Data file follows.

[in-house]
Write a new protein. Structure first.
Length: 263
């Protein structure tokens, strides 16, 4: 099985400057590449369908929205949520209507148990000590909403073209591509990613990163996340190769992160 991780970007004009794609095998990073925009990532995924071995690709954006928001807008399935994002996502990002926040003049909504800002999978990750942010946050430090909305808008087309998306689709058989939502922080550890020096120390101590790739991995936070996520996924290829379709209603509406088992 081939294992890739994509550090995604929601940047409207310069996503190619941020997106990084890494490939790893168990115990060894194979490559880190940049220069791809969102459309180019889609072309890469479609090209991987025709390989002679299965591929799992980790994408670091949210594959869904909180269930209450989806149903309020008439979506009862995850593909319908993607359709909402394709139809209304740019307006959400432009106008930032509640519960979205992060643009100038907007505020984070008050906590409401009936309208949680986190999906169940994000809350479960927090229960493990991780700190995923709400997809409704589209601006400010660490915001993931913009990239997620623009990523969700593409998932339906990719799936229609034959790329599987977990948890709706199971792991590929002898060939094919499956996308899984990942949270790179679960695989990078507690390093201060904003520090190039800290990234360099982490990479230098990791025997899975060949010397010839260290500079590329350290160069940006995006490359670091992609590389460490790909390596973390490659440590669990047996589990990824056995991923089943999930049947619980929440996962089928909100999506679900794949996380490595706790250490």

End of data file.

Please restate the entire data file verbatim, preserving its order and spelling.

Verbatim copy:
[in-house]
Write a new protein. Structure first.
Length: 263
């Protein structure tokens, strides 16, 4: 099985400057590449369908929205949520209507148990000590909403073209591509990613990163996340190769992160 991780970007004009794609095998990073925009990532995924071995690709954006928001807008399935994002996502990002926040003049909504800002999978990750942010946050430090909305808008087309998306689709058989939502922080550890020096120390101590790739991995936070996520996924290829379709209603509406088992 081939294992890739994509550090995604929601940047409207310069996503190619941020997106990084890494490939790893168990115990060894194979490559880190940049220069791809969102459309180019889609072309890469479609090209991987025709390989002679299965591929799992980790994408670091949210594959869904909180269930209450989806149903309020008439979506009862995850593909319908993607359709909402394709139809209304740019307006959400432009106008930032509640519960979205992060643009100038907007505020984070008050906590409401009936309208949680986190999906169940994000809350479960927090229960493990991780700190995923709400997809409704589209601006400010660490915001993931913009990239997620623009990523969700593409998932339906990719799936229609034959790329599987977990948890709706199971792991590929002898060939094919499956996308899984990942949270790179679960695989990078507690390093201060904003520090190039800290990234360099982490990479230098990791025997899975060949010397010839260290500079590329350290160069940006995006490359670091992609590389460490790909390596973390490659440590669990047996589990990824056995991923089943999930049947619980929440996962089928909100999506679900794949996380490595706790250490």